Longtime cybersecurity experts from industry, government and academia have joined forces to create CodeHunter, the world’s first malware hunting software-as-a-service (SaaS) platform that can automatically surface unknown malware and zero-day threats using patented new technology advances in behavior computation.
Behavior computation and binary analysis are common concepts in cybersecurity, but CodeHunter’s platform leverages cutting-edge research from leading academic and federal government laboratories to enable fast detection of malicious software without known data sets or previously identified behavior. CodeHunter controls a range of technology patents related to this research and is in the process of receiving approval for additional patents relating to its underlying technology.
CodeHunter is designed to support and expand beyond existing cybersecurity analysis products, enabling engineers and cybersecurity professionals to rapidly analyze the potential for malicious behavior and identify the exact location of dangerous code in an application: CodeHunter can assess if malicious code is lying in wait to be executed, or if any of the code in an application inadvertently enables behaviors that can be exploited. CodeHunter automates the in-depth analysis process, finding in minutes or hours what would currently require weeks of work by an experienced malware-reverse engineer.
CodeHunter is available today. Key features of the platform include:
- Upload and analyze any WIN32/64 executable/DLL files. Today, 95 percent of ransomware is designed to target Microsoft executables or dynamic link libraries (DLL), and is one of the greatest threat points for organizations.
- Automatically generate detailed reports. CodeHunter detects known and unknown malware through its patented behavior computation and analysis algorithm. Zero-day attacks and sleeper code can’t hide, even if obfuscated or scattered throughout software code.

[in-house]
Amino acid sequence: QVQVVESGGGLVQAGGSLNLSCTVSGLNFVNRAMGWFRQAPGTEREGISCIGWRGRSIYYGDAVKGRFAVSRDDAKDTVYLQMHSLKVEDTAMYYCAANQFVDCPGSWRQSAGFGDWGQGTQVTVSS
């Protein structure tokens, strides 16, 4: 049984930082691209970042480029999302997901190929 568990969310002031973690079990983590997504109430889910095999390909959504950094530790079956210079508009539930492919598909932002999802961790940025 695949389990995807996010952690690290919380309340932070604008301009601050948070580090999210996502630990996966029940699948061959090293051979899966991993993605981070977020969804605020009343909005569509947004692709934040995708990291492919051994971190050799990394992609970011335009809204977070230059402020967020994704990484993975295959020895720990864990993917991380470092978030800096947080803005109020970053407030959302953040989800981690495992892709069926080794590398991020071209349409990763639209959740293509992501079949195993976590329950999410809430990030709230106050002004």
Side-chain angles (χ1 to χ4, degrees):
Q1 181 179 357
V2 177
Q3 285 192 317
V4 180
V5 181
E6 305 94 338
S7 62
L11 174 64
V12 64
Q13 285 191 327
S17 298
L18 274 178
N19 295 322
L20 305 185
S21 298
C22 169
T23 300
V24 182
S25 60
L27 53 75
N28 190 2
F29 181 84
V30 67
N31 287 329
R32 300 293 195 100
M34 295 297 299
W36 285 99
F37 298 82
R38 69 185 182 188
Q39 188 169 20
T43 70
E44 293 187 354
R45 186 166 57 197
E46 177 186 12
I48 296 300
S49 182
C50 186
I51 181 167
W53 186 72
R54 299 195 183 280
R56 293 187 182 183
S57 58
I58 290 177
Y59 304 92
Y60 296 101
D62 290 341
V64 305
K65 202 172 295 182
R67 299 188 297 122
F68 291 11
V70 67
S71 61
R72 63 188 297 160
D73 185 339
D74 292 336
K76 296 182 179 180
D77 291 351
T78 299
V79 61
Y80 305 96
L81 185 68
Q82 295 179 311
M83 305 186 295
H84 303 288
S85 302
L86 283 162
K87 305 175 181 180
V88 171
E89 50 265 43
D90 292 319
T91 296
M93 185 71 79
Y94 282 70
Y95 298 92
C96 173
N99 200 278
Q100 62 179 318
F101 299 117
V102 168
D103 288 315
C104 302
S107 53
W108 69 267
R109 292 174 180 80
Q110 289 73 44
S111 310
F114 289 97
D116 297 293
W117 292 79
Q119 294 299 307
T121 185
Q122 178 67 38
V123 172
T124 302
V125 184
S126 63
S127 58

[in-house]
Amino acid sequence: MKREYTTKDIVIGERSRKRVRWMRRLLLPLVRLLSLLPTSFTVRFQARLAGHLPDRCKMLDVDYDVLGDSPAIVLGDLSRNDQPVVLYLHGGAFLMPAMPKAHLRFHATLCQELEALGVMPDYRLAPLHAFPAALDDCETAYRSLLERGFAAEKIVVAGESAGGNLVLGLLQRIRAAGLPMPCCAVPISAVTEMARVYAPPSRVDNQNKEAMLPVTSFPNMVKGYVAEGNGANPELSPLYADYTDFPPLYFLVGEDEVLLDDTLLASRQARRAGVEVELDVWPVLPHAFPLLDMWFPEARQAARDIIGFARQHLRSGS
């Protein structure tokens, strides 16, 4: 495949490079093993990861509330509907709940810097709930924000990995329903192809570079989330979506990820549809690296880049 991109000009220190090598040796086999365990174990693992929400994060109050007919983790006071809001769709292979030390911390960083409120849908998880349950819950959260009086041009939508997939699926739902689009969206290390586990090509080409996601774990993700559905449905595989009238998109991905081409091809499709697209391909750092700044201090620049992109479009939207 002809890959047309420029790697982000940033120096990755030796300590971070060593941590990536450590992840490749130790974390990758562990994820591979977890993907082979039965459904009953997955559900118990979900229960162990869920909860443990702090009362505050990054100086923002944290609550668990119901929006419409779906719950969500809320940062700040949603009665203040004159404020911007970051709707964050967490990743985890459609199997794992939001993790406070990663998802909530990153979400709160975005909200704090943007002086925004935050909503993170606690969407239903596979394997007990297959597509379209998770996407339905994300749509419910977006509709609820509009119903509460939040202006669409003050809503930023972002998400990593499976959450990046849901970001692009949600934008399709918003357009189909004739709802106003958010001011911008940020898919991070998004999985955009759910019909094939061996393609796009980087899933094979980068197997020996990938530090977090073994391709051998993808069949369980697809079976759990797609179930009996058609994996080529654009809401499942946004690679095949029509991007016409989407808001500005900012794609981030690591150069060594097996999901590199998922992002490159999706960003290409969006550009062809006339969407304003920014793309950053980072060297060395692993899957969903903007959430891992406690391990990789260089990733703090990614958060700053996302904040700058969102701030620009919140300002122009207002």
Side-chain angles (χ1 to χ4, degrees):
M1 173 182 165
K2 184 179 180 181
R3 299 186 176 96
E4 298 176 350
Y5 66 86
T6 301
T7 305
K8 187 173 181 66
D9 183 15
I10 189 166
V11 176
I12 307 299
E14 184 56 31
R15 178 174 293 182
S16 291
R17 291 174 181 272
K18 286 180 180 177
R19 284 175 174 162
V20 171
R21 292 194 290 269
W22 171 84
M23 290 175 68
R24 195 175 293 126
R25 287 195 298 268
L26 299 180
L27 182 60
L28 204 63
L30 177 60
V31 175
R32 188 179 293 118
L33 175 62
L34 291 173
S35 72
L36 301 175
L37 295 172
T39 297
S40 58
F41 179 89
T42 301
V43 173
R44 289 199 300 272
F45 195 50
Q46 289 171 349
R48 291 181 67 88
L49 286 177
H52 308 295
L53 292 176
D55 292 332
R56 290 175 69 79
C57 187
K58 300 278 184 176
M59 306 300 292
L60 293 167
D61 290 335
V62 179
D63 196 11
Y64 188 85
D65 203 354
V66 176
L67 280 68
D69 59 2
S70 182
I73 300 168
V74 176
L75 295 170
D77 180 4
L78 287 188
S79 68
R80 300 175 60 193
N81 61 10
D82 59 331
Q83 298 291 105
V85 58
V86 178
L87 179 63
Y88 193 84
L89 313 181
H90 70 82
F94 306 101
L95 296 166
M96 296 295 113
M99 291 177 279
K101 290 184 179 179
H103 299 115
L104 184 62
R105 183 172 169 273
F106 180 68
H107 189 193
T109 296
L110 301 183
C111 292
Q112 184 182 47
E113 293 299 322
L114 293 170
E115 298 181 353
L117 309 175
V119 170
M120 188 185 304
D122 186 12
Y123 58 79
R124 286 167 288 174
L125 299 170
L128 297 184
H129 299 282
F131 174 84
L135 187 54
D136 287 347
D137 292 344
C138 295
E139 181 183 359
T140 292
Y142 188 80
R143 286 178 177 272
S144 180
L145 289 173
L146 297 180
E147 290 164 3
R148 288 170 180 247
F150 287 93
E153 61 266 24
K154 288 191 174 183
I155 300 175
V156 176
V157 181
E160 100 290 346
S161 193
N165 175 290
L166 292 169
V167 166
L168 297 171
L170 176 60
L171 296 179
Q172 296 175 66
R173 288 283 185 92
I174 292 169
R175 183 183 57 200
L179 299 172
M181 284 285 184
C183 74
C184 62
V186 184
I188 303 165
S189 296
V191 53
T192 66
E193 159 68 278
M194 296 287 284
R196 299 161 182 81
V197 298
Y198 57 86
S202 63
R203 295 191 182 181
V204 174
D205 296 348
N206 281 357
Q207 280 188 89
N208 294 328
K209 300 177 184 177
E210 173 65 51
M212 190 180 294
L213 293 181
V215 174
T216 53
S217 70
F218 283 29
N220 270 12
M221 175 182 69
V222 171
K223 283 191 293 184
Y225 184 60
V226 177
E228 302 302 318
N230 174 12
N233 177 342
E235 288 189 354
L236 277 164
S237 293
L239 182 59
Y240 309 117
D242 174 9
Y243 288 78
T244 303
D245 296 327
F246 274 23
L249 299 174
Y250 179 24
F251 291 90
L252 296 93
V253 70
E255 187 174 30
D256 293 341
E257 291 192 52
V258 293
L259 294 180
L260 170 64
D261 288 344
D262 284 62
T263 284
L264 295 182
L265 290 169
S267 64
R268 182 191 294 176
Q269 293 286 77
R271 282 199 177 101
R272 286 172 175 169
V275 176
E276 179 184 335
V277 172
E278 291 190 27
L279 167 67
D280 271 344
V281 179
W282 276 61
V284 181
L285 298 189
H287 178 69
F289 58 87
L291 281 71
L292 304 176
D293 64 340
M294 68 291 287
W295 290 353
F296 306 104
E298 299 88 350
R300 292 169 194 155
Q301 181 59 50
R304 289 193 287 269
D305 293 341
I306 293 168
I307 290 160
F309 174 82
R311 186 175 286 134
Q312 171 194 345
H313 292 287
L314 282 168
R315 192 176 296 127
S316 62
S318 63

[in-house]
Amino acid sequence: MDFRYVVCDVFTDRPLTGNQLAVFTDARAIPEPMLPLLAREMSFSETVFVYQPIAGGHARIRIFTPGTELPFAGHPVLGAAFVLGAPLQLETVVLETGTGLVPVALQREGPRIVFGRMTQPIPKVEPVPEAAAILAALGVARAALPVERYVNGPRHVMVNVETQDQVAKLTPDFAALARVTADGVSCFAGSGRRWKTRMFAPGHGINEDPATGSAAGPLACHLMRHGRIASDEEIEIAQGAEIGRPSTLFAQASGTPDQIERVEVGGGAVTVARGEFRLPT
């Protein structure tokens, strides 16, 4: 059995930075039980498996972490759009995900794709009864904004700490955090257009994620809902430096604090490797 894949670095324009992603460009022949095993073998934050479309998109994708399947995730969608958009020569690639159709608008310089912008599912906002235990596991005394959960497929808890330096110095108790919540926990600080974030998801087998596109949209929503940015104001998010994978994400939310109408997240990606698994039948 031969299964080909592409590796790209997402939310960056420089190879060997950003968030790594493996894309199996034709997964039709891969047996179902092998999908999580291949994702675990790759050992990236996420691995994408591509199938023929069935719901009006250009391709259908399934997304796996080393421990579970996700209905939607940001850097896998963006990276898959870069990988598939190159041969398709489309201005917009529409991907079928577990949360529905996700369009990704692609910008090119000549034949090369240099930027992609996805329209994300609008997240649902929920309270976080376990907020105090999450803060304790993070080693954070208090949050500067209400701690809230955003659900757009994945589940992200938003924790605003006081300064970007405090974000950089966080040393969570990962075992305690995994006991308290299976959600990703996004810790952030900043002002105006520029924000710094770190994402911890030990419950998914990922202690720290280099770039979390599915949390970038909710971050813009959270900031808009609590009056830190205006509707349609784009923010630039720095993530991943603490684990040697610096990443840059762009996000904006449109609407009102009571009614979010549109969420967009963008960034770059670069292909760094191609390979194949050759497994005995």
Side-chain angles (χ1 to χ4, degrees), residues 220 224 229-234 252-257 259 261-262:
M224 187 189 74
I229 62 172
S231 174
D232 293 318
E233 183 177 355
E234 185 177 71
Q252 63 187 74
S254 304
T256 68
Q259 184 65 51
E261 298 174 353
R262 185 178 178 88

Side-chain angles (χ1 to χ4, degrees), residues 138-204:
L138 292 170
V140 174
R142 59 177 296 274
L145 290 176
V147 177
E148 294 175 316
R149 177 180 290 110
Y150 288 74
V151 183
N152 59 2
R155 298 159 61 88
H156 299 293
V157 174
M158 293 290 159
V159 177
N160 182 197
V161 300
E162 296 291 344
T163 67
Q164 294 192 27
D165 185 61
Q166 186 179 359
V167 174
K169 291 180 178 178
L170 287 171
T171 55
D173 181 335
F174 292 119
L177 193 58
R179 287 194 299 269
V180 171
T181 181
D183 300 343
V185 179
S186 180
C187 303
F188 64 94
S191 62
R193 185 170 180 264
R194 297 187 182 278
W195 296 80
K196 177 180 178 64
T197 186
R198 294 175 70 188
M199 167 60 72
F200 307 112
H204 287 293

To apply for CodeHunter’s enterprise beta program and gain early access to new features such as CI/CD pipeline integration, SIEM integration and other enterprise solutions, email firstname.lastname@example.org.
According to IBM’s Cost of a Data Breach Report 2021, data breaches are at an all-time high, rising from $3.86 million to $4.24 million per incident this year. The increase of remote work amid the pandemic has only exacerbated these issues. As cyber attacks increase in frequency and sophistication, qualified cybersecurity professionals are in short supply with more than four million unfilled positions globally.
Using CodeHunter to analyze applications and executables is simple and effective. Users can drag and drop files into CodeHunter’s browser-based application for fast review. Regardless of the complexity of the code, CodeHunter will surface any malware, security flaws or potential software breaches quickly, reducing human analysis time from weeks or months to minutes or hours.
CodeHunter is the result of unprecedented collaboration by seasoned cybersecurity experts with decades of experience working on high-level security products and services.
“Until now, there’s been no way to proactively assess all possible execution paths for malware. CodeHunter was created to solve this problem, with the ability to surface all variations of malware hidden inside of software code, even those that haven’t been publicly identified yet,” said Larry Roshfeld, CEO at CodeHunter. “Applying our patented behavior detection technology to quickly identify malicious or dangerous code and reduce time to detection and protection is critical to keeping up with ever-increasing security threats from increasingly dangerous attackers.”
“As Cybersecurity threats become more sophisticated, organizations need to expand their “defense in depth” approach to cyber threats,” said Chuck Brooks, longtime cybersecurity expert and adjunct professor at Georgetown University. “CodeHunter’s innovative technology for predicting malicious behavior is the kind of forward-thinking I’m always looking for. With CodeHunter, we’ll be able to detect potential problems instead of waiting for malware to be found after an attack.”
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